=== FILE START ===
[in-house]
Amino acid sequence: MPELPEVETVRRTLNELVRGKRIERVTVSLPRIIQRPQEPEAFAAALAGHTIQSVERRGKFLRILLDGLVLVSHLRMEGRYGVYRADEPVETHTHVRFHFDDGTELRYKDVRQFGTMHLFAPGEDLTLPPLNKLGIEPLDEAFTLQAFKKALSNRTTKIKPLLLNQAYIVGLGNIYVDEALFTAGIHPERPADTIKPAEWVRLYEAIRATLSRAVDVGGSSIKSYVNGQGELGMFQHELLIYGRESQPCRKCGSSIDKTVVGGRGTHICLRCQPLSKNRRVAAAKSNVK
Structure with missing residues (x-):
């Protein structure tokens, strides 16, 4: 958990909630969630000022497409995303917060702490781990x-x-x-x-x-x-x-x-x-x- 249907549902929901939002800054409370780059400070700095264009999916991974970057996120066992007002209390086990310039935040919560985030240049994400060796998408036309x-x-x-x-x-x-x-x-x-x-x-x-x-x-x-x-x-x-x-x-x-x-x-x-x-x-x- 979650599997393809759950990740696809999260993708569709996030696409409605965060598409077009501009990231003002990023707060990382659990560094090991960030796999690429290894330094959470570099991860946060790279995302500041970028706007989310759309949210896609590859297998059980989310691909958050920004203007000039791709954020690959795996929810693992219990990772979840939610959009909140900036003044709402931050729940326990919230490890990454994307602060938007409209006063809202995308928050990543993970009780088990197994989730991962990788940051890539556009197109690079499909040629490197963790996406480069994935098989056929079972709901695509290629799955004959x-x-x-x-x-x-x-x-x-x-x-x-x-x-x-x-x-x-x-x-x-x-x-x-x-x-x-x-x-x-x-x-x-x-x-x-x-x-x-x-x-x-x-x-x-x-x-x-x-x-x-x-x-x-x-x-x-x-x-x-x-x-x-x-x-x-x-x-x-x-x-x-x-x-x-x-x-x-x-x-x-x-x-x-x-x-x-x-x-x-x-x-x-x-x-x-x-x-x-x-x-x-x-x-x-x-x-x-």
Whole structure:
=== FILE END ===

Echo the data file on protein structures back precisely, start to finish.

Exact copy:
[in-house]
Amino acid sequence: MPELPEVETVRRTLNELVRGKRIERVTVSLPRIIQRPQEPEAFAAALAGHTIQSVERRGKFLRILLDGLVLVSHLRMEGRYGVYRADEPVETHTHVRFHFDDGTELRYKDVRQFGTMHLFAPGEDLTLPPLNKLGIEPLDEAFTLQAFKKALSNRTTKIKPLLLNQAYIVGLGNIYVDEALFTAGIHPERPADTIKPAEWVRLYEAIRATLSRAVDVGGSSIKSYVNGQGELGMFQHELLIYGRESQPCRKCGSSIDKTVVGGRGTHICLRCQPLSKNRRVAAAKSNVK
Structure with missing residues (x-):
């Protein structure tokens, strides 16, 4: 958990909630969630000022497409995303917060702490781990x-x-x-x-x-x-x-x-x-x- 249907549902929901939002800054409370780059400070700095264009999916991974970057996120066992007002209390086990310039935040919560985030240049994400060796998408036309x-x-x-x-x-x-x-x-x-x-x-x-x-x-x-x-x-x-x-x-x-x-x-x-x-x-x- 979650599997393809759950990740696809999260993708569709996030696409409605965060598409077009501009990231003002990023707060990382659990560094090991960030796999690429290894330094959470570099991860946060790279995302500041970028706007989310759309949210896609590859297998059980989310691909958050920004203007000039791709954020690959795996929810693992219990990772979840939610959009909140900036003044709402931050729940326990919230490890990454994307602060938007409209006063809202995308928050990543993970009780088990197994989730991962990788940051890539556009197109690079499909040629490197963790996406480069994935098989056929079972709901695509290629799955004959x-x-x-x-x-x-x-x-x-x-x-x-x-x-x-x-x-x-x-x-x-x-x-x-x-x-x-x-x-x-x-x-x-x-x-x-x-x-x-x-x-x-x-x-x-x-x-x-x-x-x-x-x-x-x-x-x-x-x-x-x-x-x-x-x-x-x-x-x-x-x-x-x-x-x-x-x-x-x-x-x-x-x-x-x-x-x-x-x-x-x-x-x-x-x-x-x-x-x-x-x-x-x-x-x-x-x-x-």
Whole structure: